Nevertheless, these surfaces have not yet been integrated into STPV devices operating at high enough temperatures for efficient power conversion. In our device, the spectral properties of the absorber-emitter are tailored through surface nanostructuring in a compact planar layout Fig.
With increasing area ratio, we supply enough heat for the absorber-emitter to reach Teopt by increasing the level of irradiance and leveraging the high absorptance of the nanotube array.
Thermal resistance between the absorber and emitter is minimized by integrating the absorber and emitter on the same conductive silicon substrate such that heat is effectively delivered to the emitter via thermal spreading. Since the absorber area is reduced with respect to the planar area of the sample Fig. To reduce parasitic radiative losses, we metallized the sides of the silicon substrate and inactive area around the nanotube absorber with W, a relatively low-emissivity high-temperature material, and incorporated a high-reflectivity Ag-coated shield Fig.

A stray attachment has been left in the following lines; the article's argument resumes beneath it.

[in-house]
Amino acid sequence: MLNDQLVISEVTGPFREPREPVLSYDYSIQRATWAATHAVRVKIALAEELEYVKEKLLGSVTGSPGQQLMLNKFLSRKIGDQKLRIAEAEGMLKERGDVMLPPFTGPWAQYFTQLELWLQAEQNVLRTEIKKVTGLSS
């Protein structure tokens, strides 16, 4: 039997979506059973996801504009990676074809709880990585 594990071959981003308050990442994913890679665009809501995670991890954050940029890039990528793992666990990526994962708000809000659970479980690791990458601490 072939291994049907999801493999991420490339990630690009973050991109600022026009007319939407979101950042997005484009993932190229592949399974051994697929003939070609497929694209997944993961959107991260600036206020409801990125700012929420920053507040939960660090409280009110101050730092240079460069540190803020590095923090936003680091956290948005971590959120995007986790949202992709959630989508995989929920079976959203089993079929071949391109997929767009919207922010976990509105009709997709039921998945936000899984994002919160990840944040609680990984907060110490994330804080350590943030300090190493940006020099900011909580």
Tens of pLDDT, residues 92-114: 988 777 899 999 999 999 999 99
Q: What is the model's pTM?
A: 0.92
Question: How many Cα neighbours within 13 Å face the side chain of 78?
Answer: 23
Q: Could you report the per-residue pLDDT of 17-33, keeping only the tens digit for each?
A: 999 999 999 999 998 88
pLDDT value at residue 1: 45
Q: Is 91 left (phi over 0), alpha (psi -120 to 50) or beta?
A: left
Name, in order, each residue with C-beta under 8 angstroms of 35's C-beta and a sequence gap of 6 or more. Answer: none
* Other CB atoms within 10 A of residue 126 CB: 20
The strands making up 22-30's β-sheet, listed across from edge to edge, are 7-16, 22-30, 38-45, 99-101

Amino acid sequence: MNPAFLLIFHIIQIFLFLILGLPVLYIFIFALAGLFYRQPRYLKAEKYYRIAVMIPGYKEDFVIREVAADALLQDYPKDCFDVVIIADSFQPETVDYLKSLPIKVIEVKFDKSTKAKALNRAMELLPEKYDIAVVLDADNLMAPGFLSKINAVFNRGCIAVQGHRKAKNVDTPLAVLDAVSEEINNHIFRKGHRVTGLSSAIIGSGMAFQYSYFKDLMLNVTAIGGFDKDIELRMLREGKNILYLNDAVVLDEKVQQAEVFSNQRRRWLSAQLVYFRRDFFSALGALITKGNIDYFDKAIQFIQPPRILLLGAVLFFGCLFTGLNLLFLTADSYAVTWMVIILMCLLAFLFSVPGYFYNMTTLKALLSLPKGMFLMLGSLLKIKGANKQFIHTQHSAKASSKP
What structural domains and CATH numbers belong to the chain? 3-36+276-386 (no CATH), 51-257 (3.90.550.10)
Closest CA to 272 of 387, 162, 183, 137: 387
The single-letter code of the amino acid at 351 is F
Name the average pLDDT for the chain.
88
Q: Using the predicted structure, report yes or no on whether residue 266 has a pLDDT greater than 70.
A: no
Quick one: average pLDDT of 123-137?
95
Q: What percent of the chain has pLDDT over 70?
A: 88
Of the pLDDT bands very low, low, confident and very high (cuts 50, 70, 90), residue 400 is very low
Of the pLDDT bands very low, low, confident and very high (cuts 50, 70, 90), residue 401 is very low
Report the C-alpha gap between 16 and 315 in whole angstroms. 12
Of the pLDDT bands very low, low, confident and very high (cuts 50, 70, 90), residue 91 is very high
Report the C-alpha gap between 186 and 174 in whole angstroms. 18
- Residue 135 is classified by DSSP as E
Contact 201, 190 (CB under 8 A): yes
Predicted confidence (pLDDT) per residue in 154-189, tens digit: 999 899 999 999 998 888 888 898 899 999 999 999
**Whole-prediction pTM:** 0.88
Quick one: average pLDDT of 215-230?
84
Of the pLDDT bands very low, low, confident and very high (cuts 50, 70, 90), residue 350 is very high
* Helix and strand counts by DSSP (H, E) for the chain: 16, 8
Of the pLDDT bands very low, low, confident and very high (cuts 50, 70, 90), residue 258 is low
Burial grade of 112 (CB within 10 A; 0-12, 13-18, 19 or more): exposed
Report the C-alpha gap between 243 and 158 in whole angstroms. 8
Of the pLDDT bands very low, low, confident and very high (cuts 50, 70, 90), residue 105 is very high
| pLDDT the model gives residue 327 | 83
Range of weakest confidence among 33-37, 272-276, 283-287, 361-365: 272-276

Vertically-aligned carbon nanotubes were chosen as the solar absorber due to their high-temperature stability in vacuum and their nearly ideal absorptance, crucial for absorbing highly-concentrated irradiance at elevated emitter-to- absorber area ratios. As shown in Fig. The broad-spectrum absorptance of the nanotube array in this study exceeds 0. These materials were chosen for ease of fabrication and high-temperature compatibility with 5 DOI: The layer thicknesses were optimized via a constrained global optimization of the product of efficiency and power density6.
Our mechanical system ensured alignment and gap control while minimizing parasitic conduction losses see SI: Experimental Setup. We used a Xe-arc light source to simulate the solar spectrum and to supply a range of irradiances Hs from 10 to 75 Wcm The temperature measurement in the TPV characterization was achieved by bonding a fine gage thermocouple directly to the absorber-side of the substrate. Figure 2 TPV characterization. Model prediction solid line shows an excellent agreement with experimental points markers.